Let’s talk about the kids in the aftermath of this presidential election.
Little people have big ears, and a lot of children, according to a range of reports from all over the nation, have been frightened by Donald Trump. In Albuquerque, there are reports of kids—a lot of them children of color—coming to school afraid their parents are going to be deported. Their fears, borne out of Trump’s aggressive rhetoric, have school officials urging parents to talk with them about it.
But alas, enough adults were more scared of Hillary Clinton and elected Trump instead, so now he’s an even bigger, badder wolf. Hopefully, the kids’ fears will subside soon enough, now that the president-elect seems to be turning toward a kinder and gentler persona, but it’ll be up to the adults to make them feel safe and secure.
Civic lessons took a back seat to shouting matches during this just-ended presidential campaign. What did that teach our kids? That’s it’s OK to say hurtful things to others, and that bullies often win? Or, that it’s OK for boys to mistreat girls? How about the message that, in this country you are valued, but only if you have the right documentation?
These are disturbing lessons for our children to be learning. They contradict a more important lesson, that respecting each other’s space—and things, and opinions—is essential to becoming responsible adults.
Of course, our children also need to learn to stand up for themselves, and the lessons from Trump’s rise to power teach that one well. Trump has shown us how to lift ourselves up by putting others down. Our kids now have a great example of how to insult and threaten your way to the top of the food chain. The kids need to know that it’s a dog-eat-dog world, and only the attack dogs are still standing at the end of the day. They need to know such things, right?
Of course, children are resilient and with the right guidance they’ll come to understand the difference between good behavior and bad behavior. They look up to their parents and teachers far more than any president we choose to elect.
Clearly, we didn’t elect Trump to be a role model, but to run the country, which is exactly what’s scaring a lot of grownups, too.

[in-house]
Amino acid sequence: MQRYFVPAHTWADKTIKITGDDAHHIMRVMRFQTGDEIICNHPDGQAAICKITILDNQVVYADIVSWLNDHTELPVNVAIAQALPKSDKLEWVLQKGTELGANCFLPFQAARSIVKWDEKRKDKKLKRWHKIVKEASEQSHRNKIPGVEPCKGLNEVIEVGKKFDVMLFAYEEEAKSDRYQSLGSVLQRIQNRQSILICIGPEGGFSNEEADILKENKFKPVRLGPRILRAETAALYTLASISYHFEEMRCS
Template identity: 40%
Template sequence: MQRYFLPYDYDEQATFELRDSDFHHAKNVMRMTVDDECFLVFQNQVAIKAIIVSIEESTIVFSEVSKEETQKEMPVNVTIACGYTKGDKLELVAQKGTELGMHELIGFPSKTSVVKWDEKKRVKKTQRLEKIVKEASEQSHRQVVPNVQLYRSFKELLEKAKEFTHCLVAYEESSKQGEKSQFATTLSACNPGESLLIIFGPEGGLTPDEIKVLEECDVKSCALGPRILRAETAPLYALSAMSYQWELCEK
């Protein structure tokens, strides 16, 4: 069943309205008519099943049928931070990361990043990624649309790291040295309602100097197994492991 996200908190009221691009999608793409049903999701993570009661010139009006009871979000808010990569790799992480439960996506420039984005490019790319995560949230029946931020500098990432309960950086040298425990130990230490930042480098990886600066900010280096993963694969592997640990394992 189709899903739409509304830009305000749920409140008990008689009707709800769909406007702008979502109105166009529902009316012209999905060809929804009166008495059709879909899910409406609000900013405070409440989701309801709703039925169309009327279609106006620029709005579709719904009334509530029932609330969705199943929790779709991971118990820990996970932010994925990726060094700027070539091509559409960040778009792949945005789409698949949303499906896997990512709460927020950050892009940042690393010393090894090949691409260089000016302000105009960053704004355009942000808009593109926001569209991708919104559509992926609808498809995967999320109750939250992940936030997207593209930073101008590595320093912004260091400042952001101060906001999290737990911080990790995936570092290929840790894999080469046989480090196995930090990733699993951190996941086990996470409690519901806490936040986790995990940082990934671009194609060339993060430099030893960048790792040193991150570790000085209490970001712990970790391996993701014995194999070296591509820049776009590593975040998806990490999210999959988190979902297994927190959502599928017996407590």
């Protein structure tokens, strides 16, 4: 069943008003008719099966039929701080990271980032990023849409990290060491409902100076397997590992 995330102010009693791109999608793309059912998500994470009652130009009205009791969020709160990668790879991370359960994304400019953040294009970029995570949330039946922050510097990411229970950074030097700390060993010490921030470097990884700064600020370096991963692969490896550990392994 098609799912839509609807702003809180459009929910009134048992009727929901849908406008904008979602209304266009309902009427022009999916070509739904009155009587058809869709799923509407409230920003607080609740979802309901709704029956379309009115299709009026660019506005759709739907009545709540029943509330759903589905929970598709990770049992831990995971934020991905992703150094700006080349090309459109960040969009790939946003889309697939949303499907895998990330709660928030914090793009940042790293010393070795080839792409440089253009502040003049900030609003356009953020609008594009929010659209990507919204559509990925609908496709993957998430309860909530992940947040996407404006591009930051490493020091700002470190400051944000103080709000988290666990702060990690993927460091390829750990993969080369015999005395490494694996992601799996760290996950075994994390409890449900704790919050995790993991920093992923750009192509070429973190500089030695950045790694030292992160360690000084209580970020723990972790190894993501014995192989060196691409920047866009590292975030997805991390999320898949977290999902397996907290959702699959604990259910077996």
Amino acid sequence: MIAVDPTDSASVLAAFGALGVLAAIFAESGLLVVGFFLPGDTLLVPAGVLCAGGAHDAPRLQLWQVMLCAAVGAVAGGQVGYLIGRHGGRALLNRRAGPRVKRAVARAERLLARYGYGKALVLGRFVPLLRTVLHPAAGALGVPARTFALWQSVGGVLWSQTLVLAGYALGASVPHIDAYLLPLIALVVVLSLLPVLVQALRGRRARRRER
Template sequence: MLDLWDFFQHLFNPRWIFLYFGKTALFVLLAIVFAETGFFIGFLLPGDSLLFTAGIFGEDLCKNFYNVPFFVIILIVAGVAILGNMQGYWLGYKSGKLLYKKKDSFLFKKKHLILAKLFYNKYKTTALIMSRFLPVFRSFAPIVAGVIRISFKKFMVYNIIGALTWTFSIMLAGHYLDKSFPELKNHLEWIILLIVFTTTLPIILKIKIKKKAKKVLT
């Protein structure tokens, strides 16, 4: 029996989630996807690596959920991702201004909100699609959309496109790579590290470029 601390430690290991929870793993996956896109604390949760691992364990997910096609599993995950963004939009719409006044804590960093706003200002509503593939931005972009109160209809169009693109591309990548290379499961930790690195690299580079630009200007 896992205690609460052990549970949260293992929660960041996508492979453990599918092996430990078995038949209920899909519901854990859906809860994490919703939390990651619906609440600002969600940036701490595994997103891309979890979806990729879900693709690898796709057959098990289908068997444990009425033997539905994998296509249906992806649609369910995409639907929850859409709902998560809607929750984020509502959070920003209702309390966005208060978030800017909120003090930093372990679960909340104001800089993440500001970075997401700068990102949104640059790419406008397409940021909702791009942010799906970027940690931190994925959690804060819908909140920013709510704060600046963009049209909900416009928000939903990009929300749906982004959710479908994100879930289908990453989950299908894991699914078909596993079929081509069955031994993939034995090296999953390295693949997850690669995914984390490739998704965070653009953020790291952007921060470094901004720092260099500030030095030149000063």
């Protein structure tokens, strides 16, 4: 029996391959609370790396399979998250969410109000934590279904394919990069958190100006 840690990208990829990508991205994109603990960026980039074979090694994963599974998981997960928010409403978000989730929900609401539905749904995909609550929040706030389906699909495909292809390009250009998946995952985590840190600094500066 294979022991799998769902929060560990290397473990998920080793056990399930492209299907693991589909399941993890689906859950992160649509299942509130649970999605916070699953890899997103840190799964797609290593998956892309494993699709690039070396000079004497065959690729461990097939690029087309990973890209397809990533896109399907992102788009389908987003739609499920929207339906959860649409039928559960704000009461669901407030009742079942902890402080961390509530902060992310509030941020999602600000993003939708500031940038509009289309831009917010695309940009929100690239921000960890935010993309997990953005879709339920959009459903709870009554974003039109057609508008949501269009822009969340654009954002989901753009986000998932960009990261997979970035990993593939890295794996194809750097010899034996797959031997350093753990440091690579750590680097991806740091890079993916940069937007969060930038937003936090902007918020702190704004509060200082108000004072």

Older fogies like me were born in simpler times. I was raised to respect not just my elders, but pretty much everyone I encountered. My mother wouldn’t even let us say “stupid” or “shut up” to each other, let along with many other disrespectful and offensive words that get thrown around, and while I did so anyway (behind her back), I grew up with a sense of what’s appropriate and inappropriate behavior. I was taught to be responsible for my own words and actions and that made me a better, more responsible adult.
After I grew up, got married and had kids of my own, I knew that providing for my family was more than just home-and-hearth and getting ahead. It was also about providing a moral foundation for our kids. I spoke often with them about what was going on in the larger world, not to scare them but because that’s where the values we instilled in them would be applied and tested.
Trump isn’t our first morally bankrupt president and I suppose he won’t be our last. He will, however, impact future generations based on what he says and does as president.
The ends don’t always justify the means, but in the case of Donald Trump, the means he used brought him the ends he desired. That’s a sad commentary on our political discourse, and it will reverberate for years to come. Want to raise your kids to be good people? Then you better steer ‘em away from politics.
I don’t really mean that last remark. Unless better people go into politics, it’ll only get worse, and the kids who will inherit this country will be the ones to suffer the most. Hopefully they’ll do better than we did.
Tom McDonald is editor of the New Mexico Community News Exchange and editor of the Roswell Daily Record. He can be reached at firstname.lastname@example.org.